Coming to the cars in question, as any passerby’s darting gaze will tell you, one of the most desirable luxury sedans available in today’s market is the Jaguar XJL. Ever since the first generation of the car was launched back in 1968, the XJ has remained the flagship saloon of the Jaguar range and has been the vehicle of choice for the swish set. One of the traits of the car remained its evolutionary styling, which was carried down right from the original, designed in 1968, during the time of Sir William Lyons himself. And while this meant that traditional Jaguar customers loved the XJ, it alienated the newer and younger set of customers who viewed the car as an old man’s car. Realising this, Jaguar decided to finally take the plunge and the new-gen XJ was launched with brave new design language, which many purists view as an affront to their beloved Jag.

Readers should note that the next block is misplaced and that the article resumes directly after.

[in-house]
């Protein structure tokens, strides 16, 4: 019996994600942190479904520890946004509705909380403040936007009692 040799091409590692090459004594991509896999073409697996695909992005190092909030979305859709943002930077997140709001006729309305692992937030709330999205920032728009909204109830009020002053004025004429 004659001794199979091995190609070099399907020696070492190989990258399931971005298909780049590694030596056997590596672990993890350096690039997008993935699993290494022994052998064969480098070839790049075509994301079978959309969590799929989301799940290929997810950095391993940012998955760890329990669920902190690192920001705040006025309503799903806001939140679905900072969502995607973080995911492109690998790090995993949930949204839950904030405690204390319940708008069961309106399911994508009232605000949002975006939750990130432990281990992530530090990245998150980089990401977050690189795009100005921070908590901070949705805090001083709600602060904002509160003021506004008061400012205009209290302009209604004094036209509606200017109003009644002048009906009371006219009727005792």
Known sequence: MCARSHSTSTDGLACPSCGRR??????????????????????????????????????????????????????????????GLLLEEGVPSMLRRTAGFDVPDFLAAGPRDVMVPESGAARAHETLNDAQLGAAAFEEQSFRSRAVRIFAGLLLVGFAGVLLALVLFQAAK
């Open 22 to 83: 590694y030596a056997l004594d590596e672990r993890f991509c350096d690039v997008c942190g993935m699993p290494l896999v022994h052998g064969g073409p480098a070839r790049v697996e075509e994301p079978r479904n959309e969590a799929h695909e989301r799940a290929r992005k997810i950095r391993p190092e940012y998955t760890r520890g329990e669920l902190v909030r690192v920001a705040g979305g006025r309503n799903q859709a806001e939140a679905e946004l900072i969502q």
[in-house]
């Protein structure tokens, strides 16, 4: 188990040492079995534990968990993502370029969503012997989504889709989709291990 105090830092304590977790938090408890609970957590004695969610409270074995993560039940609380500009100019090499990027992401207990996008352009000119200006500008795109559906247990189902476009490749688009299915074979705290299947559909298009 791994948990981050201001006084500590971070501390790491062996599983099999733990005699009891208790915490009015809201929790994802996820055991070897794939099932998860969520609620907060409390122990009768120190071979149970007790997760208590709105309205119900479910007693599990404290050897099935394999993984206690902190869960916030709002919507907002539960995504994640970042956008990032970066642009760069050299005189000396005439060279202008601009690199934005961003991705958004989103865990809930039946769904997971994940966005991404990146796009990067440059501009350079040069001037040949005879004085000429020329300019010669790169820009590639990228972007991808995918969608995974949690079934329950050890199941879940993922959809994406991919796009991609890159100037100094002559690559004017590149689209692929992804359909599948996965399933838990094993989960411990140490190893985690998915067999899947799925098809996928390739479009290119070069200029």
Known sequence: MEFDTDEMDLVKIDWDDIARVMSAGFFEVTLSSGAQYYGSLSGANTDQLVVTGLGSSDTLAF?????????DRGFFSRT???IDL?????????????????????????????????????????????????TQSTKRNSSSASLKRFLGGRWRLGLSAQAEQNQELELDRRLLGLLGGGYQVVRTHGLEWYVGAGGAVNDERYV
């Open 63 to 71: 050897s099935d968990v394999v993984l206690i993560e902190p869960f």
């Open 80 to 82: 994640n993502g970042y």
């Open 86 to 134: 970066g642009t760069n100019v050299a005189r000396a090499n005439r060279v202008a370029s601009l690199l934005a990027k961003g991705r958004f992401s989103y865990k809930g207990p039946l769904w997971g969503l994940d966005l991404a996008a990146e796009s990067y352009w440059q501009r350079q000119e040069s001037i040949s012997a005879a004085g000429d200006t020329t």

But, to be honest, given the staid image Jaguar had before their latest range of products, such a drastic redesign was a necessity – not only to protect its position in the market, but, and perhaps more importantly, to appeal to a younger audience. In many ways, what Jaguar needed to do was similar to what Bentley did about a decade ago – a complete revival that allowed it to appeal to a much wider customer base too.